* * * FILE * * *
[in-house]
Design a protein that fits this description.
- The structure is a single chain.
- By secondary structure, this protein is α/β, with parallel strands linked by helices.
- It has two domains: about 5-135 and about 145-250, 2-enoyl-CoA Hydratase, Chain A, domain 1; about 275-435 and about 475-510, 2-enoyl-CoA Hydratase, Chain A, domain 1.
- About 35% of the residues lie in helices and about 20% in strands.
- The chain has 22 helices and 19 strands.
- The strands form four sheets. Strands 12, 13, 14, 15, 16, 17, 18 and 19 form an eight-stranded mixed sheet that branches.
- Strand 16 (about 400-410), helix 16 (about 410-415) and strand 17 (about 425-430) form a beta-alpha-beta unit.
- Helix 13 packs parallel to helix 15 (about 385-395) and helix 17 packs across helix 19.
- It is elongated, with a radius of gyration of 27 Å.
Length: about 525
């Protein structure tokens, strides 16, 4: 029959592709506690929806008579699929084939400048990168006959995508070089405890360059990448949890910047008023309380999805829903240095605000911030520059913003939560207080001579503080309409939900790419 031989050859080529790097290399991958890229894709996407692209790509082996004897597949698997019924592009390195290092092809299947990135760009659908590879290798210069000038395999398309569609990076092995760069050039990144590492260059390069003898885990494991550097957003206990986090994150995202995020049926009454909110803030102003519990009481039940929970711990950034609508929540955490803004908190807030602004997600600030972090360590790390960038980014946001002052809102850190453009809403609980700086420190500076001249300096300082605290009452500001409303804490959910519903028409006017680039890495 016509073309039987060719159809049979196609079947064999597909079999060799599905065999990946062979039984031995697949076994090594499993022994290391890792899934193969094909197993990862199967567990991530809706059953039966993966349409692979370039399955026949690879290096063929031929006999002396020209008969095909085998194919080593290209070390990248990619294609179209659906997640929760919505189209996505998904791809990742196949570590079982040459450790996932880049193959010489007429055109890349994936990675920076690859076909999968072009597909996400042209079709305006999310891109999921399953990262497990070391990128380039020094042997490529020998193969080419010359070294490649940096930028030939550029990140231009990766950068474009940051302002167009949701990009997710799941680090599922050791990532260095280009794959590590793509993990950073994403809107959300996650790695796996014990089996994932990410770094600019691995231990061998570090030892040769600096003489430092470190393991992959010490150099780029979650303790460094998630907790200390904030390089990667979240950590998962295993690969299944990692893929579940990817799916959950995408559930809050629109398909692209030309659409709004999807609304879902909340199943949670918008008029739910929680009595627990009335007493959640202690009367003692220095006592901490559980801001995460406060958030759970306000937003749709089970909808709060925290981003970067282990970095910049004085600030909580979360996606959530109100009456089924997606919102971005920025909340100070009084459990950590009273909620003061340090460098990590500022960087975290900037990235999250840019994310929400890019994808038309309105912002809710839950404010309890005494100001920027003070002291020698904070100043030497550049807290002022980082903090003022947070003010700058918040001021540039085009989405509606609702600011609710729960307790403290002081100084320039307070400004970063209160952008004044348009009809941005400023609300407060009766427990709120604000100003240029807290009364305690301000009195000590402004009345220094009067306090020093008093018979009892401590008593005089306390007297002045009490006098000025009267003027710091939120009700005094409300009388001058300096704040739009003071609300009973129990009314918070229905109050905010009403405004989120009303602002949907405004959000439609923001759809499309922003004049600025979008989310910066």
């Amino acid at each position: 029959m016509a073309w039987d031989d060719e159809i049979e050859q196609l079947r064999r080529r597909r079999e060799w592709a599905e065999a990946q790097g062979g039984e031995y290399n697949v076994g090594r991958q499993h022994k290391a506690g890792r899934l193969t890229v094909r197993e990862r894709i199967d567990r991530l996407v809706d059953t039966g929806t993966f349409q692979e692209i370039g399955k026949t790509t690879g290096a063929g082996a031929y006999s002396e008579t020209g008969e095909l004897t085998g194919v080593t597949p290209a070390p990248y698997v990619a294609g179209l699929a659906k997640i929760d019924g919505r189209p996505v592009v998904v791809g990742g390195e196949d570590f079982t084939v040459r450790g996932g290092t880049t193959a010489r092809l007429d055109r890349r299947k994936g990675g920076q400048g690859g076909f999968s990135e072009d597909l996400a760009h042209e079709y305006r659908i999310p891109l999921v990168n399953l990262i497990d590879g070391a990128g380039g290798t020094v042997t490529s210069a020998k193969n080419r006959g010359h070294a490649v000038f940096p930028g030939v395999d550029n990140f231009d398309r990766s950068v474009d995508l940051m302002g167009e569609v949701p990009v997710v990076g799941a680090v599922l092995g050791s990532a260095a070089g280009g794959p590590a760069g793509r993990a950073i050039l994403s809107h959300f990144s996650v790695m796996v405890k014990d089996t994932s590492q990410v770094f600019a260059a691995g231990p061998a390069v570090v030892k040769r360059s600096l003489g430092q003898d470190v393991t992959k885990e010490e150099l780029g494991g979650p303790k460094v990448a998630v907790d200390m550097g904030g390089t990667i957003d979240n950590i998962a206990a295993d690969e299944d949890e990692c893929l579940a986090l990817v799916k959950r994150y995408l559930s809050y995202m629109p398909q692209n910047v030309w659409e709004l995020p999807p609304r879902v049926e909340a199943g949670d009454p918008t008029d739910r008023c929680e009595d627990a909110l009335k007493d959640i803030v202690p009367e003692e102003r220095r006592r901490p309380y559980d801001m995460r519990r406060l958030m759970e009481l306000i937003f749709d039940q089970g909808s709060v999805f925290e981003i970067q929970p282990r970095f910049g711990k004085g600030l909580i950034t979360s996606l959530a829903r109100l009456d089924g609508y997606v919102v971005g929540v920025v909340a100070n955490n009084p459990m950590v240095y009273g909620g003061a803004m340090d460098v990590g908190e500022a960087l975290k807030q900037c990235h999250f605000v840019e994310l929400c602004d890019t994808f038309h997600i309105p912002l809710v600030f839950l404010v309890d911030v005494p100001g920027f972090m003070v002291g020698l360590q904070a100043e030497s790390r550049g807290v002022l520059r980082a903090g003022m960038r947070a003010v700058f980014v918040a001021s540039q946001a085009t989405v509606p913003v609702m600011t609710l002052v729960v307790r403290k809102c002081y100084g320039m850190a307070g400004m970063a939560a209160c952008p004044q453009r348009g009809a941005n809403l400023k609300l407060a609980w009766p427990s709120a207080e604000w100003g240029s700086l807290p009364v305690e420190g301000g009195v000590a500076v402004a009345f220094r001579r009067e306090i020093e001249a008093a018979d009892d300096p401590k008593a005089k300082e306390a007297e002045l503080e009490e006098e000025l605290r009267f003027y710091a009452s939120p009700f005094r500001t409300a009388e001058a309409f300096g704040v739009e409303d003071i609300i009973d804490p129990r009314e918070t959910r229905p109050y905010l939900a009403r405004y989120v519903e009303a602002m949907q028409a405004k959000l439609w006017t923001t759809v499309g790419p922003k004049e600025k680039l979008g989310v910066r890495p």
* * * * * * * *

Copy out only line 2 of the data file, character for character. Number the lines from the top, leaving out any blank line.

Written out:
Design a protein that fits this description.